An early Dungeon Siege

When you ask an avid gamer what the best RPG is on the Commodore 64, chances are the answer would be Ultima.  It is indeed a classic, no doubt about that, but for me, the best RPG games are the SSI Gold Box editions of the Advanced Dungeons & Dragons series.
What I liked about these games was the gameplay of course, but also the way the atmosphere was invoked: partly via the texts, partly via the graphical battle scenes and top of the bill, the animation when you searched your way through a town or castle.  The little window had just the right detail of the surroundings to really make you feel you were watching the events and the rooms you entered through the eyes of one of your characters.

This style of visualization wasn’t new to the RPG genre as it turned out.  A small, little known game by Stewart Sargaison called “Halls of Death” (a Dungeon Siege type game) was released in 1983 at the start of the Commodore 64 era and it used or rather introduced the setup, i.e. a small window detailing the surroundings (in this game, the dungeons) and a window to show the action scenes, i.e. the fights with the many monsters you encountered.

The game is nowhere near the graphical splendor the SSI games boast (it uses the PETSCII characters to create the dungeons for instance) but it did invoke the atmosphere (that is, if you like exploring dungeons and killing monsters).
You start of at the top level of a dungeon and can move around the maze.  Along the way, you’ll find treasures that will increase your $$$ or magical items that will increase your strength or psionics.   Hitting the C-key will allow you to increase your strength by paying with psionics and vice versa.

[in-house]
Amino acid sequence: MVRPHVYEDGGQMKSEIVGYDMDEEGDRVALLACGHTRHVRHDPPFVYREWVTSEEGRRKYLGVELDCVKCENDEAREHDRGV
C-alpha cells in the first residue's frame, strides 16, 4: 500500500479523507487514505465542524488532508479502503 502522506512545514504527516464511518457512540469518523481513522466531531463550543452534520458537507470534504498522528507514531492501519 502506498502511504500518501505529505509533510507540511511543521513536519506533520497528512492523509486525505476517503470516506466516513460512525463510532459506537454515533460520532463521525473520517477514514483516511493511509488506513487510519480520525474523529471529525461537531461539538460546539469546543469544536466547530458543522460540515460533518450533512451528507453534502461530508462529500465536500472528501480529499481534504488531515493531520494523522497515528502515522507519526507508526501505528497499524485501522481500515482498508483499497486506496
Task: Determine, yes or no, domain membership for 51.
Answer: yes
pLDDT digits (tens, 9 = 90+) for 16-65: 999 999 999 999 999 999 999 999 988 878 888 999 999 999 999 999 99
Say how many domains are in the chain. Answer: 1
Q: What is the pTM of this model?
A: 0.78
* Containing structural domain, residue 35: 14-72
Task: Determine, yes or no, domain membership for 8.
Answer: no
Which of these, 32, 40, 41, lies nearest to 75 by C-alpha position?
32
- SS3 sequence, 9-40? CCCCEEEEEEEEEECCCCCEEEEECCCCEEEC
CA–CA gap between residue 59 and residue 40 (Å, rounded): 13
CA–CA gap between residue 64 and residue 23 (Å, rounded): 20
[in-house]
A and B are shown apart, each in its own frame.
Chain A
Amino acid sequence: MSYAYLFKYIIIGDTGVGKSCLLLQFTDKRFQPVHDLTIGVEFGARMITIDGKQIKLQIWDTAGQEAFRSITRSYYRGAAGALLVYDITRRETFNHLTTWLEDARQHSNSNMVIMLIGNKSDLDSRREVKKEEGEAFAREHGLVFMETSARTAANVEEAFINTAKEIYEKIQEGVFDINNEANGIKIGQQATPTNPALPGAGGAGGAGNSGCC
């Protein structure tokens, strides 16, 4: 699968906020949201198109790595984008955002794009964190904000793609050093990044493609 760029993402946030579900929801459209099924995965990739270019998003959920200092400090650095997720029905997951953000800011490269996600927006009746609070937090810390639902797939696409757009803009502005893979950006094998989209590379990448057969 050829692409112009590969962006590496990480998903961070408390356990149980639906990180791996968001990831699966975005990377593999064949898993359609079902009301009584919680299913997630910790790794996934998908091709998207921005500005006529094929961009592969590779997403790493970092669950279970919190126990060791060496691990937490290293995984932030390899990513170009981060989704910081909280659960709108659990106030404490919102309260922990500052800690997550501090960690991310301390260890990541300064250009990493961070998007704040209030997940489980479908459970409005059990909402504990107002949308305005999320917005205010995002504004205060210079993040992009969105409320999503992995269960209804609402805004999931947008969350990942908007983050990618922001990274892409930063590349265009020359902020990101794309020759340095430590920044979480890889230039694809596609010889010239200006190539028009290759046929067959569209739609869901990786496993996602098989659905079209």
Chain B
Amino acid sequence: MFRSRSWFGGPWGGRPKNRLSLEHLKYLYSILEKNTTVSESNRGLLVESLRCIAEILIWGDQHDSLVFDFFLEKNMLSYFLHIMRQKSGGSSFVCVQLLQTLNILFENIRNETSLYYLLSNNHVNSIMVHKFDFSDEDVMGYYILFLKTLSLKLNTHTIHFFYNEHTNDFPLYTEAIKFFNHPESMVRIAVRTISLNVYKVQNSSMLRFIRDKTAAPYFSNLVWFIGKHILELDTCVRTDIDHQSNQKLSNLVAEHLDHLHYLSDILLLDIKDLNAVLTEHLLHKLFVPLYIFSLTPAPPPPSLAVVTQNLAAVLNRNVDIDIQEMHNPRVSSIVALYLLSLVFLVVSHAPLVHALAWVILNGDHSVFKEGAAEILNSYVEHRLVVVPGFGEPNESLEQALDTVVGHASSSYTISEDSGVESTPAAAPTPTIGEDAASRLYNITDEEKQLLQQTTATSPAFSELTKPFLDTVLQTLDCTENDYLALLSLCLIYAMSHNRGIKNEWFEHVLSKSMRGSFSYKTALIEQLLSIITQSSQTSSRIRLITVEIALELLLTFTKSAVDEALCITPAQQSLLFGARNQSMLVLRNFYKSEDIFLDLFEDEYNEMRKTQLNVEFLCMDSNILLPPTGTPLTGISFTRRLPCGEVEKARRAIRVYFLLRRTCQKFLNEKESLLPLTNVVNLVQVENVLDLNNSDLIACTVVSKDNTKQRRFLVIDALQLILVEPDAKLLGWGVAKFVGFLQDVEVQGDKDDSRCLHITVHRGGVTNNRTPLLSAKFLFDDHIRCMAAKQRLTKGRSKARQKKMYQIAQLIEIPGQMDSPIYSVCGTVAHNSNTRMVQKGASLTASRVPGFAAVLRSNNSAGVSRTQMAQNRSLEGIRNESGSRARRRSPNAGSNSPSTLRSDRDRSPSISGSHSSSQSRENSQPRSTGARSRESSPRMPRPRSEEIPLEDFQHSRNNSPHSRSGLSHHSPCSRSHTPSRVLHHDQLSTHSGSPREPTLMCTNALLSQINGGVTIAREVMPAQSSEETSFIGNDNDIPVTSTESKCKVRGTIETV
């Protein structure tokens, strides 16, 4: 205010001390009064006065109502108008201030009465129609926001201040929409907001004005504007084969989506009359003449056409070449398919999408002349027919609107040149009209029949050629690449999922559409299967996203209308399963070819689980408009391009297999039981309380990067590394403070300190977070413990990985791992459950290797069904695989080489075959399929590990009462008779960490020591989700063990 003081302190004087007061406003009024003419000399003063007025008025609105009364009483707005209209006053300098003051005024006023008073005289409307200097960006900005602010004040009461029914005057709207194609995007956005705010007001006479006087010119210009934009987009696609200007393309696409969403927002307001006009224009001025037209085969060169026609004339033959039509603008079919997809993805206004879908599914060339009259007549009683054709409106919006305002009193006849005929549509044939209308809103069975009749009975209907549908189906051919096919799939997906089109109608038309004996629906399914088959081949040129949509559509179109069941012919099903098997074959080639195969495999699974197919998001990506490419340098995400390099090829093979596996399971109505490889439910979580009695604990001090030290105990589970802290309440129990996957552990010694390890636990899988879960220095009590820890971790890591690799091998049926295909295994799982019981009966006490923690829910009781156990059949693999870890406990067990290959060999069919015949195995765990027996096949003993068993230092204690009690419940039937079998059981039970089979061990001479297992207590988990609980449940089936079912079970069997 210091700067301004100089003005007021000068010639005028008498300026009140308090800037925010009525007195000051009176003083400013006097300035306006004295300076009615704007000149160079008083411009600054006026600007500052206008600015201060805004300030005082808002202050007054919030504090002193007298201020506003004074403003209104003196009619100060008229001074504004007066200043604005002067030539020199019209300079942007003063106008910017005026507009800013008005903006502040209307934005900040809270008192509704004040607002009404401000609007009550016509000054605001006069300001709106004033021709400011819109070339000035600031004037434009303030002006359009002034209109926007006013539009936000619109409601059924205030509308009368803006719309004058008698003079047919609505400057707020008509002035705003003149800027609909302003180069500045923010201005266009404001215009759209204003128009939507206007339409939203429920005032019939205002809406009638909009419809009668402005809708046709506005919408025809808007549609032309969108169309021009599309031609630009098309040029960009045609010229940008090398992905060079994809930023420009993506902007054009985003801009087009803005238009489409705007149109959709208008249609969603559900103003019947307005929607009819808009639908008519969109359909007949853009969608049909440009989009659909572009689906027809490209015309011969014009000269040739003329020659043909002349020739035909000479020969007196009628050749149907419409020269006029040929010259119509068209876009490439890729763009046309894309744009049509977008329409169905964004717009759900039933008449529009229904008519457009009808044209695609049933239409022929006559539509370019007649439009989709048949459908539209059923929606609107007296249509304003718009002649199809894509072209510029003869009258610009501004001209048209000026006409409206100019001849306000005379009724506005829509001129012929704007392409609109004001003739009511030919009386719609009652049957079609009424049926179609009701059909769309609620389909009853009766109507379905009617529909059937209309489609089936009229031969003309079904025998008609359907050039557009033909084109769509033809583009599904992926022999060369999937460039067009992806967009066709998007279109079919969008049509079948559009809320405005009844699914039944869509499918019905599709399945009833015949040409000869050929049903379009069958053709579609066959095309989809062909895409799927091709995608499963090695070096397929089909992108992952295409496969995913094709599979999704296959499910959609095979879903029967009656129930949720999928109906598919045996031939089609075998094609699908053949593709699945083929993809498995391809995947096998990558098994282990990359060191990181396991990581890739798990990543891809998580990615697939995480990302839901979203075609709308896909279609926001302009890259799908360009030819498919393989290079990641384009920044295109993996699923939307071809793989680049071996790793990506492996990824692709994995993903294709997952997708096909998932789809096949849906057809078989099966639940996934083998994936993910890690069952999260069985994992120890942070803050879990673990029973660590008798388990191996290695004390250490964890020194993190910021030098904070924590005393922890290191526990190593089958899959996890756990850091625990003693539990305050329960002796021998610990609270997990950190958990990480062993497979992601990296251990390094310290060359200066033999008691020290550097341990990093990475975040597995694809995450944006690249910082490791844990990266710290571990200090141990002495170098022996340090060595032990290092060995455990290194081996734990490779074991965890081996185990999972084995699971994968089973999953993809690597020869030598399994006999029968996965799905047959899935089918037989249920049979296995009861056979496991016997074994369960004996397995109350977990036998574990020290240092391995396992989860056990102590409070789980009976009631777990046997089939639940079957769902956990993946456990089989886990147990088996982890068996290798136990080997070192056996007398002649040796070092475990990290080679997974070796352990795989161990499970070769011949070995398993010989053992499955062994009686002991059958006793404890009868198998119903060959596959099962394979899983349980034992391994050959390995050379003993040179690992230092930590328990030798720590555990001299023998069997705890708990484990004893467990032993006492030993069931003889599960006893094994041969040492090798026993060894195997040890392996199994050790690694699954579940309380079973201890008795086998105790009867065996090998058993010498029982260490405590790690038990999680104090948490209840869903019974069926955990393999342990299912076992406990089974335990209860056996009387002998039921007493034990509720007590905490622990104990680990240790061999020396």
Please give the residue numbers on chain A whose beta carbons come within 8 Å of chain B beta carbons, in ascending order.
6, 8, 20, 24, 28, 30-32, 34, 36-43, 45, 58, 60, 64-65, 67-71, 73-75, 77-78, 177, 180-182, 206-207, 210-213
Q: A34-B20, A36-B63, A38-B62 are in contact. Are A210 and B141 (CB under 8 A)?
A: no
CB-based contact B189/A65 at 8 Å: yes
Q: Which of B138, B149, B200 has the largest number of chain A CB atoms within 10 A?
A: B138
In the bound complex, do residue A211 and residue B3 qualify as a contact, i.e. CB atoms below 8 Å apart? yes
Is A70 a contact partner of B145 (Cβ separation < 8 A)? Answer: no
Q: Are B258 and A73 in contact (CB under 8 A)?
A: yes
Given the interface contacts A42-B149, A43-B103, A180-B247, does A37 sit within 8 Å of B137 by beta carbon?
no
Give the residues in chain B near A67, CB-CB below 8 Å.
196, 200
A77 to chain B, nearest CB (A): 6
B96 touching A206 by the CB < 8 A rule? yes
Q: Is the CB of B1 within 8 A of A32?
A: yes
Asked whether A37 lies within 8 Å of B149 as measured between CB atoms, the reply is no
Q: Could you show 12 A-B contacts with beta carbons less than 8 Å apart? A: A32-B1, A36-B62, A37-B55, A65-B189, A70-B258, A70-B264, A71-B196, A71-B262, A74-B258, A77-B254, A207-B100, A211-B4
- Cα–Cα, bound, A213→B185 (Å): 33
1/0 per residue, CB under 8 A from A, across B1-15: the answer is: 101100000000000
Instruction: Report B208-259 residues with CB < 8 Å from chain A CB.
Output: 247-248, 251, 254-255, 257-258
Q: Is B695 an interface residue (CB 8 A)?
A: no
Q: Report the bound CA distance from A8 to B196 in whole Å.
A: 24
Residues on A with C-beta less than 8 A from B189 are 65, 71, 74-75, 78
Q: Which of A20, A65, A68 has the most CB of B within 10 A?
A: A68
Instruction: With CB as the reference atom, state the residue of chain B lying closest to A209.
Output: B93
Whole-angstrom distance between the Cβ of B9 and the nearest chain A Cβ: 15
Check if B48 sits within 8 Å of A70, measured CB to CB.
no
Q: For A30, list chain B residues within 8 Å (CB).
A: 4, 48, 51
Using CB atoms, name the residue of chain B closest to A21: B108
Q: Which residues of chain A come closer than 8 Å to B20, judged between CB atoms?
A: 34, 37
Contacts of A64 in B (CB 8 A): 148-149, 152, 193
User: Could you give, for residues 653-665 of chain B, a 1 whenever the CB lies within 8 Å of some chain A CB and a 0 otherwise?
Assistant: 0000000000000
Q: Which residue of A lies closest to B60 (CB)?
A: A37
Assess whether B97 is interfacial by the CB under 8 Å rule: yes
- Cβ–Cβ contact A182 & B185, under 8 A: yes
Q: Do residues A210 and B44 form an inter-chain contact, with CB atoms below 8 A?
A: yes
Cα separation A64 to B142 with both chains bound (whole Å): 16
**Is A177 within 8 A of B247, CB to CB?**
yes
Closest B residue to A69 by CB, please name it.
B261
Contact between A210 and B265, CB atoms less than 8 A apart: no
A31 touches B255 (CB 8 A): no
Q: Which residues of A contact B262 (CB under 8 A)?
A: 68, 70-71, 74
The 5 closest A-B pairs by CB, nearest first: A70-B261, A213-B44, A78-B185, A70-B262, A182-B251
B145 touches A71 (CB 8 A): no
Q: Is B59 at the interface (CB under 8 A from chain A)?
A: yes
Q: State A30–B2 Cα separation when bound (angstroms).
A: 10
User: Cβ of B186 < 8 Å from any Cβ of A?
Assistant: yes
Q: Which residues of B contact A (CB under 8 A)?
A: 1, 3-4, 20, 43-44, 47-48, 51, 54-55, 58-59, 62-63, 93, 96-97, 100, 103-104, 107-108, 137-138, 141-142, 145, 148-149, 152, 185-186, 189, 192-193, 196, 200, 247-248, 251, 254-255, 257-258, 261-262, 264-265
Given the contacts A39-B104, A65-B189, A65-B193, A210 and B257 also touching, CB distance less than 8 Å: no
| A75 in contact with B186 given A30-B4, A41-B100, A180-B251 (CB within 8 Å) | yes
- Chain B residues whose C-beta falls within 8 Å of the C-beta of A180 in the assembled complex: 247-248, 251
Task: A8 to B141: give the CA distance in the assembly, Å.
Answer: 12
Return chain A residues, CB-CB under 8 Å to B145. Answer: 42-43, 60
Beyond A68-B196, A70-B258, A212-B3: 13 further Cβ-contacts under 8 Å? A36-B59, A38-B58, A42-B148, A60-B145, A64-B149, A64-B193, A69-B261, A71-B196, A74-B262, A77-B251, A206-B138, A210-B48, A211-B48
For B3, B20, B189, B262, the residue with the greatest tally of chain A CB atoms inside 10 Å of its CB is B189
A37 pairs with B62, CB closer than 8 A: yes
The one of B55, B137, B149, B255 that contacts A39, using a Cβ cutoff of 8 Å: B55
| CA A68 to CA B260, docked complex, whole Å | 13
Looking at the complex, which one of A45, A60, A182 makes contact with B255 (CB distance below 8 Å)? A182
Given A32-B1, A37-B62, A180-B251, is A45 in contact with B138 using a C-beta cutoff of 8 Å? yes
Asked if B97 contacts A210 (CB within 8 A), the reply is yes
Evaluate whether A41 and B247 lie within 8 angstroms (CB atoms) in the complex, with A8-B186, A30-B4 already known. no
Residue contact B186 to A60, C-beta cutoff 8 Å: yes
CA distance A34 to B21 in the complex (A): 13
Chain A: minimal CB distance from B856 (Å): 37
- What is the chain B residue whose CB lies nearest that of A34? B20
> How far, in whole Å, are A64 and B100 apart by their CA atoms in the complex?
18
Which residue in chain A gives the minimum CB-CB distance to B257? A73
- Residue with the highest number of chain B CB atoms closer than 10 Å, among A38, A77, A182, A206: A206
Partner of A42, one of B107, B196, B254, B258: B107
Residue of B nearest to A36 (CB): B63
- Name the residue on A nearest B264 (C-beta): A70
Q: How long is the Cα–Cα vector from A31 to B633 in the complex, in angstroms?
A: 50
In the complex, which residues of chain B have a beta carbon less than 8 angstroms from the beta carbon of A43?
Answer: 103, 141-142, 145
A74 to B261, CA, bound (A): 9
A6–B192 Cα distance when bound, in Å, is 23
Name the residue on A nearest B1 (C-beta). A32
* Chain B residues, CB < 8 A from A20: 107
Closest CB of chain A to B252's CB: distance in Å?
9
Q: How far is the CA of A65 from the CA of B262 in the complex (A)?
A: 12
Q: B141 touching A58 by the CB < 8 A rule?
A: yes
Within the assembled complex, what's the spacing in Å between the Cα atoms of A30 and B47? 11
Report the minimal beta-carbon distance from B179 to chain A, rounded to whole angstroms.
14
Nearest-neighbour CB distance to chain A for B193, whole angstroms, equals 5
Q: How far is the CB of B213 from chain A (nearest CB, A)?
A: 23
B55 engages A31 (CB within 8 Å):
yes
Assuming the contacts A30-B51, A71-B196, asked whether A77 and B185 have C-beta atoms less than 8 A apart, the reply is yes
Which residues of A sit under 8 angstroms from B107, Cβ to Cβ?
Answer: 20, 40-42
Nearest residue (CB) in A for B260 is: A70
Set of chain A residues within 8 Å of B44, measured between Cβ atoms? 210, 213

The monsters on the first level are quite easy and a few blows will usually send them to the permanent halls of death, but you can descend to the lower levels if you find the stairs hidden in the maze.  The deeper you descend in the halls, the tougher the enemies become and you’ll be looking to cast some spells (you have sleep, teleport, lightning, fireball) to clear the path.  The rewards are bigger as well, and I remember playing this game and going down immediately to level 2 and 3 to get some magical items, so my strength increased and then went up to level 1 again and started killing some monsters.
It wasn’t until I hit the Run/Stop button and typed “LIST” (yes, you could go into the code of the game!) that I noticed, at line 2760 a “Dragon”.  I was only able to fight against the dragon on a few occasions as you had to go down really deep in the dungeon, and as the enemies got tougher, so the chances of finding the dragon got smaller.

I’d encourage any RPG fan to load up this little game and enjoy the roots of graphical RPG/Dungeon Siege gaming on computers… and it all started when the C64 was released!

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